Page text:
Trump criticizes surveillance law his administration wants to extend, then reverses

Marie Harrington
January 12, 2018

The problem, according to privacy advocates and civil liberties groups, is that the emails, photos, texts and other electronic communications of USA citizens and legal US residents are also collected while our government is spying on foreigners.

Section 702 of the FISA Act gives the government the ability to monitor electronic communications of foreigners outside of the U.S. Supporters say the powers help stop terrorist attacks and cyberattacks, but opponents note that it can also monitor the communications of Americans if they are communicating with monitored targets.

The administration has lobbied Congress to reauthorize the law, and it opposes any efforts to water it down to protect the privacy of American citizens.

The Nunes-Schiff bill faces an uncertain future in the Senate, where Kentucky Sen.

As noted by Matthew Gertz of Media Matters, Trump's Thursday morning tweet appeared to be inspired by a Fox & Friends segment featuring Fox News Senior Judicial Analyst Judge Andrew Napolitano, who urged Trump not to support FISA reauthorization.

On Thursday morning, the USA president tweeted that the programme had been used by the Obama administration to "so badly surveil and abuse the Trump campaign".

Trump later tweeted what seemed to be a clarification of his position in favor of renewing the law, saying that "today's vote is about foreign surveillance of foreign bad guys on foreign land".

The FBI and intelligence agencies say being able to query the database is essential to keeping America safe and the Trump administration had wanted the program to be reauthorized without change. Some privacy groups said it would actually expand the NSA's surveillance powers.

Trump then called House Speaker Paul Ryan and they spoke for half an hour. They say the law has already thwarted several terrorist plots against the US, including a planned attack on the New York City subway system.

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The bill approved by the House allows the Federal Bureau of Investigation to continue scanning the database, using search terms, for information on Americans. Paul said he could only support it if it includes his amendment.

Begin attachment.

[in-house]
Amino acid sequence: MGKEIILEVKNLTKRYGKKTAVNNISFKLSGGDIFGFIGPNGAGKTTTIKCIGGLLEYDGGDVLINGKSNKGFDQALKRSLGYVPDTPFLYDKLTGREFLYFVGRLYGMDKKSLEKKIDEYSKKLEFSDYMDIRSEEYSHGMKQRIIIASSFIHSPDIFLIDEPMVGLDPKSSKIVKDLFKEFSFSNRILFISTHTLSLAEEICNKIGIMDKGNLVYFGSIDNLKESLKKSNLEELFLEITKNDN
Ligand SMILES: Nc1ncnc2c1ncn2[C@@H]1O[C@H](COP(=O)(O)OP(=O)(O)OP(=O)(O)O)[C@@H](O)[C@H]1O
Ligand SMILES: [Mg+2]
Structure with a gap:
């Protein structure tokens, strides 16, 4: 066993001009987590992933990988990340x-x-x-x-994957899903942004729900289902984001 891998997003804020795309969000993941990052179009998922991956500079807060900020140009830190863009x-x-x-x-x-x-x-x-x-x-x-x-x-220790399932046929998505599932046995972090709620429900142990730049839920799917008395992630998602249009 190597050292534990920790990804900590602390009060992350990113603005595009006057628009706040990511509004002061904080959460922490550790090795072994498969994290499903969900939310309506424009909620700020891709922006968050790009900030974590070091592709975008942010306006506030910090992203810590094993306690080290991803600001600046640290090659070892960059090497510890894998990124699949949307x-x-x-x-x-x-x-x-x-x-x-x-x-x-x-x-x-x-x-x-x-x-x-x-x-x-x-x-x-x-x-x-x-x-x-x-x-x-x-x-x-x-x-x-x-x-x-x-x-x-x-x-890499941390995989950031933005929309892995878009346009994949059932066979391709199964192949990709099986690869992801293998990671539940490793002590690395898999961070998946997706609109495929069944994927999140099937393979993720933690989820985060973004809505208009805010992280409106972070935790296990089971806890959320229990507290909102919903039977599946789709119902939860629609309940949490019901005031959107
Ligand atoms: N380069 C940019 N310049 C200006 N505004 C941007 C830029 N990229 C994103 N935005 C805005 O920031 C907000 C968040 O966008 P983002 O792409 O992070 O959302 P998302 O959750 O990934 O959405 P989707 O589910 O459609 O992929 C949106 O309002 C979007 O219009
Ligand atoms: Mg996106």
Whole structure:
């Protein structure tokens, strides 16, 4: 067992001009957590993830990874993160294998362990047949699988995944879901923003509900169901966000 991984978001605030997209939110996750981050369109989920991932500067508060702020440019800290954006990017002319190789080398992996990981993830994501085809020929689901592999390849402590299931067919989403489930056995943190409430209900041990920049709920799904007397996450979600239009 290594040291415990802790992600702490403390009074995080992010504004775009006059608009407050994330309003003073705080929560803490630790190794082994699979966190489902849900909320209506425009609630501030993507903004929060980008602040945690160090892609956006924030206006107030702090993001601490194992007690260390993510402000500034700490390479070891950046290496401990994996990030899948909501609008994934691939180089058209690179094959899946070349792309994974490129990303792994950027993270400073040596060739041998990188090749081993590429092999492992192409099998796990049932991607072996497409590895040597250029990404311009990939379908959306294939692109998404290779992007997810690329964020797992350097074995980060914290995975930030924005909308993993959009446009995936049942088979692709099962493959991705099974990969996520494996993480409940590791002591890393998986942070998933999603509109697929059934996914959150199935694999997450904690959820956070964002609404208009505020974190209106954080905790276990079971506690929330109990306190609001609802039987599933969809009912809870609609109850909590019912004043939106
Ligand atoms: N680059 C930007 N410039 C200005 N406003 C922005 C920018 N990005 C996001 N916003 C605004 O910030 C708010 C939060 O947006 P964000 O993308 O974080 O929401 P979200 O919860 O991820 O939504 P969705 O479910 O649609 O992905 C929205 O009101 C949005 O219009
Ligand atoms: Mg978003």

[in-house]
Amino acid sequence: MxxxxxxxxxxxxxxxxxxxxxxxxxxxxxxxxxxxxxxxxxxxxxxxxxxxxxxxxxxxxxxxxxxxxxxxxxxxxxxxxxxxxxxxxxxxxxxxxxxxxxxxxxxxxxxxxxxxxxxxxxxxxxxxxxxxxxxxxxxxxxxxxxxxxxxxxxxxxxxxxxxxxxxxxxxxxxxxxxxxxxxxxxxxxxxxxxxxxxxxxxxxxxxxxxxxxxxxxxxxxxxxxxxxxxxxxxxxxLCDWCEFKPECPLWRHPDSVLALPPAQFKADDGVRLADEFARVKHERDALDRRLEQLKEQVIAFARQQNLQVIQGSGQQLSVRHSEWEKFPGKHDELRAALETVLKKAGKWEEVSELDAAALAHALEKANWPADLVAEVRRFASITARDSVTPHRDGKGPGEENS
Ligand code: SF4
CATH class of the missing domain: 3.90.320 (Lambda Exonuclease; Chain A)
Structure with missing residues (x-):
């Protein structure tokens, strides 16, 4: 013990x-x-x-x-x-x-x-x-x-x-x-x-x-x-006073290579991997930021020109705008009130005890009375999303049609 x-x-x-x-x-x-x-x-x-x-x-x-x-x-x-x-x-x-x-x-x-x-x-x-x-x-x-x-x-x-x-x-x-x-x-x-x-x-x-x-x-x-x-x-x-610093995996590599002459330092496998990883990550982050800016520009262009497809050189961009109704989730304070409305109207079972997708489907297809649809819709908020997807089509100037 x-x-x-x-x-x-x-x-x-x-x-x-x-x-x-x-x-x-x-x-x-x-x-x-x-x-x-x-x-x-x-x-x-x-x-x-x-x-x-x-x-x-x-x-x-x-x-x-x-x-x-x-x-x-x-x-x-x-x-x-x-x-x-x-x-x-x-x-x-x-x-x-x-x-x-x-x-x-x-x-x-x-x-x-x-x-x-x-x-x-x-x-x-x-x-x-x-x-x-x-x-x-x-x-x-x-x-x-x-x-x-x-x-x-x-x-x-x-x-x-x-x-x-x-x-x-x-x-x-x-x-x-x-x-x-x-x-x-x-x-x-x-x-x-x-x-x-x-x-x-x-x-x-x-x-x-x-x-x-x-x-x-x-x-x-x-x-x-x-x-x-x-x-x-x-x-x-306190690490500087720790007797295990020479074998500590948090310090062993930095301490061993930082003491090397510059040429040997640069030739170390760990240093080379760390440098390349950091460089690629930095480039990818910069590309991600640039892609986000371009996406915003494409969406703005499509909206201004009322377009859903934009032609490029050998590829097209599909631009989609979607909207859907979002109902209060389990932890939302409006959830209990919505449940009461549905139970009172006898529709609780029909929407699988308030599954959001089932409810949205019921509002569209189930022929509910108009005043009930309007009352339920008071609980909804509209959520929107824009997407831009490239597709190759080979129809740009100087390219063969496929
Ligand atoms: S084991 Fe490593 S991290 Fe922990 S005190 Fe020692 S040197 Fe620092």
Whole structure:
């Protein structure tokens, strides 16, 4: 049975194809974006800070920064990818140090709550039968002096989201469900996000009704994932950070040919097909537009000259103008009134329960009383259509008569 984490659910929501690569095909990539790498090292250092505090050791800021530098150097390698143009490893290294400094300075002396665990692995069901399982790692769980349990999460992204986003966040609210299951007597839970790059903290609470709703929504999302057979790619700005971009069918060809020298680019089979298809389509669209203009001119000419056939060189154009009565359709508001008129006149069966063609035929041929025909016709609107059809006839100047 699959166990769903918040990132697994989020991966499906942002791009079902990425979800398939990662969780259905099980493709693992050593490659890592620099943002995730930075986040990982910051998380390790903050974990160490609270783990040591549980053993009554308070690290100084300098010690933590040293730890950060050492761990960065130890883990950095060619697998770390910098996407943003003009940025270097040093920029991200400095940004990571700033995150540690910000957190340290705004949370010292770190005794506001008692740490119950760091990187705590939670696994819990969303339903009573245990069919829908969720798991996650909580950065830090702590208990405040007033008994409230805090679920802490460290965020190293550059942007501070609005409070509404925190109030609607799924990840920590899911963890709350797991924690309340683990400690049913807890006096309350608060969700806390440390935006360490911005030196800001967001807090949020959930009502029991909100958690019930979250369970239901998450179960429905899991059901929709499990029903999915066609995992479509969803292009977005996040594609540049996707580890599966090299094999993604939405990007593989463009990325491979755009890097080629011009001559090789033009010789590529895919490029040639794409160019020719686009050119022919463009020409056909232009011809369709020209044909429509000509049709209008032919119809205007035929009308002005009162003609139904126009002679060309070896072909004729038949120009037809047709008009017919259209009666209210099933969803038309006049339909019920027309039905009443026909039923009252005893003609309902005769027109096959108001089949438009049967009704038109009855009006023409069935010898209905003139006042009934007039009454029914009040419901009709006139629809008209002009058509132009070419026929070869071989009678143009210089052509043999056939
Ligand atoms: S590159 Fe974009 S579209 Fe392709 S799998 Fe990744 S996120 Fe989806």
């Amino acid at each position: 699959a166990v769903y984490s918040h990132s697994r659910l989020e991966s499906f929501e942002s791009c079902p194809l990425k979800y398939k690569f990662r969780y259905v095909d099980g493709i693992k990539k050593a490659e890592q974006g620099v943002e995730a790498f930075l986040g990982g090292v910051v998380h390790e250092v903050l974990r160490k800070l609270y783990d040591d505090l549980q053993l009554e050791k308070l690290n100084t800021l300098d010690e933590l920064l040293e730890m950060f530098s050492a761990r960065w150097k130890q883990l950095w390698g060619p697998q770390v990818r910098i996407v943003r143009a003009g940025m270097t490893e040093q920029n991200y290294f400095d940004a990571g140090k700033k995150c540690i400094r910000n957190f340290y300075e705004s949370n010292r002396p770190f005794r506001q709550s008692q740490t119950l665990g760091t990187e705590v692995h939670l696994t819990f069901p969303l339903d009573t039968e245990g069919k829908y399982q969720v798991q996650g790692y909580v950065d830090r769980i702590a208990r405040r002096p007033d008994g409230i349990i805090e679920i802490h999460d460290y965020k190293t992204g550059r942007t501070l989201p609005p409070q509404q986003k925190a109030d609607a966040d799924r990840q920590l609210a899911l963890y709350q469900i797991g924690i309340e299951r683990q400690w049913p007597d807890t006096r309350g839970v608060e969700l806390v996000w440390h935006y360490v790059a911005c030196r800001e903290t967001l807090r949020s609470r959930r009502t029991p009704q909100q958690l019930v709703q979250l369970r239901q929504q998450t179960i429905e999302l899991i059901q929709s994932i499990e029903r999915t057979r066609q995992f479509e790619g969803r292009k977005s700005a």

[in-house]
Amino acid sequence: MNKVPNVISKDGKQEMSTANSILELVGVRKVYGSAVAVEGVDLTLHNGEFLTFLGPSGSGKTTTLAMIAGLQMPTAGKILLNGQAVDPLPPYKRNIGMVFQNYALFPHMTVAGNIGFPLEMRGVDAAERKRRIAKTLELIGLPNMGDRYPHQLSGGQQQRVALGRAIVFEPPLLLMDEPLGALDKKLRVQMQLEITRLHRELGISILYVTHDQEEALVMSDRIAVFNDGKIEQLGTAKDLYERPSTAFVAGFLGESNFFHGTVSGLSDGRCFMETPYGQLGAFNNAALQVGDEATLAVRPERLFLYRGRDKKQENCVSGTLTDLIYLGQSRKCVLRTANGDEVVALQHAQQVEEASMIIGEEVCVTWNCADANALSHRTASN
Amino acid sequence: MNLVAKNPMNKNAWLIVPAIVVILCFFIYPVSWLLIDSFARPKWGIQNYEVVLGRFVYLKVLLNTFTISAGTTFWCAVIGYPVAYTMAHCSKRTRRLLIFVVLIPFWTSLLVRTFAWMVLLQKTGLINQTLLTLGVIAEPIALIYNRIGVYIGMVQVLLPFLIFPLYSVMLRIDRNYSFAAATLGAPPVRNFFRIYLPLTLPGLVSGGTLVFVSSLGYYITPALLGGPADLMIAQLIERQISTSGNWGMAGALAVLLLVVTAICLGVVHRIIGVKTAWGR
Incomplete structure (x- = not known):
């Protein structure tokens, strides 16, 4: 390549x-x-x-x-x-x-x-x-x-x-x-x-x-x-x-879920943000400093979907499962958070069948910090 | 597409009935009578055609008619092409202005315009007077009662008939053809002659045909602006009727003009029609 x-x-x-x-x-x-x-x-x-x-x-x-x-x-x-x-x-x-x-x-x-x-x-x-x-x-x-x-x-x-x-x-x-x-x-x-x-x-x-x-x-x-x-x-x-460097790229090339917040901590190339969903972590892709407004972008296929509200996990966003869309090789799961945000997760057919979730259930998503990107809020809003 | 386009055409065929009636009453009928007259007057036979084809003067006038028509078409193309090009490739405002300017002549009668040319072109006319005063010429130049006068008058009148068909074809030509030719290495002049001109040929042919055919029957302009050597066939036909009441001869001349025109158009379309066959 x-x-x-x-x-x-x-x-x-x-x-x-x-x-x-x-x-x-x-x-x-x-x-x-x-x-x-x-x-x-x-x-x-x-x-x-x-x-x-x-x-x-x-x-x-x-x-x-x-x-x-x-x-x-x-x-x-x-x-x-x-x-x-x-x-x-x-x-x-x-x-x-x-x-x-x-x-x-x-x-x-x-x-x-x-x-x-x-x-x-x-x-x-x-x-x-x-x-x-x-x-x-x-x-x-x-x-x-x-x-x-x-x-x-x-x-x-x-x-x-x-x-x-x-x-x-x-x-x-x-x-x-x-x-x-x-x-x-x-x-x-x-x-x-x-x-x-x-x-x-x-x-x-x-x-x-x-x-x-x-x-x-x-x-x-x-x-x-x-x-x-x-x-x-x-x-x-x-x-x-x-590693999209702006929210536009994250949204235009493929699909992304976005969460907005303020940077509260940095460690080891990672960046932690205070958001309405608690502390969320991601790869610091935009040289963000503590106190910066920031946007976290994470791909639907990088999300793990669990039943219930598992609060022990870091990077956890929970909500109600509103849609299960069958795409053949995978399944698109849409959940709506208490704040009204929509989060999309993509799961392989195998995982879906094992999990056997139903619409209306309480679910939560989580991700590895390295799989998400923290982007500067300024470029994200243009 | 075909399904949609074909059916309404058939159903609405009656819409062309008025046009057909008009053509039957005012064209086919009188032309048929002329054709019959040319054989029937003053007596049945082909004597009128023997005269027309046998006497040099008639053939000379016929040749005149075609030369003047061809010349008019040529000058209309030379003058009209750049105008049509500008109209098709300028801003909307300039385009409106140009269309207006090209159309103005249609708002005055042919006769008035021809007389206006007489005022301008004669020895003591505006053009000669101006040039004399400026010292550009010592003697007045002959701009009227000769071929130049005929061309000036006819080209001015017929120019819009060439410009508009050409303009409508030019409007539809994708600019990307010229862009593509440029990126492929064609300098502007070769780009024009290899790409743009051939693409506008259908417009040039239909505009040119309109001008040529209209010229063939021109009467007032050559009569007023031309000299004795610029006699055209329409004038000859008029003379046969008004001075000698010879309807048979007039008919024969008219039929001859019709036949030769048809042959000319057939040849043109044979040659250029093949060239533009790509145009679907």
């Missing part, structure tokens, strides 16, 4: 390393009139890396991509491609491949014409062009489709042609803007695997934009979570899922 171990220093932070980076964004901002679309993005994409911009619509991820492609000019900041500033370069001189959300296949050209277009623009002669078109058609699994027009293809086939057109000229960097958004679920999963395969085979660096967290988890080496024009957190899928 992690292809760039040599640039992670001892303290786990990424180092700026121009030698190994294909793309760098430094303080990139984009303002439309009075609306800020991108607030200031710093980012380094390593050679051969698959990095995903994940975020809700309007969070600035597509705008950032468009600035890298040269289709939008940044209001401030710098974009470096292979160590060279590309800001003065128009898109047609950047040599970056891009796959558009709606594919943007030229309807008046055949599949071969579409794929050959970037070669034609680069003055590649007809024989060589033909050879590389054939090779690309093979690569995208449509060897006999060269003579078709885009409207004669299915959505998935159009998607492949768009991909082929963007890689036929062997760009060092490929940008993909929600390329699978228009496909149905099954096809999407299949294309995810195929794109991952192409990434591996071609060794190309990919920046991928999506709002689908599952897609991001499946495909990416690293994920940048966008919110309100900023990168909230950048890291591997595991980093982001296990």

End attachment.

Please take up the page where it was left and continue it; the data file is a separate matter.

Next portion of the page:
However, when "millions of Americans are incidentally collected in the database, we don't want people willy-nilly looking into this database without a warrant", said Paul.

Thursday's vote was a major blow to privacy and civil liberties advocates, who just two years ago celebrated passage of a law effectively ending the NSA's bulk collection of US phone call records, another top-secret program exposed by Snowden.

"Section 702 is a critical tool that the intelligence community uses properly to target non-U.S. person outside of the United States that is vital to US security", he said.

The law also has been credited by intelligence officials with foiling terrorist plots to bomb the New York City subway system and the New York Stock Exchange.

Codify the end of "about" collection, an invasive type of surveillance that was heavily criticized by the Foreign Intelligence Surveillance Court for privacy violations. But she added, "The president doesn't believe Americans' rights or liberties should be abused, but he certainly believes Americans should be protected".

But top Democrats on the House and Senate intelligence committees were quick to leap on the first tweet as "irresponsible" and "untrue".

"I do think we need more time to work on this bill and I think that was only underscored this morning by the contradictory statements coming out of the administration", he said, calling for "more time to discuss this with our members".

"Spying on foreigners without following the constitution, that is okay", Democratic Congressman Ted Lieu said during debate on the amendment.

Other reports by TheSundaySentinel

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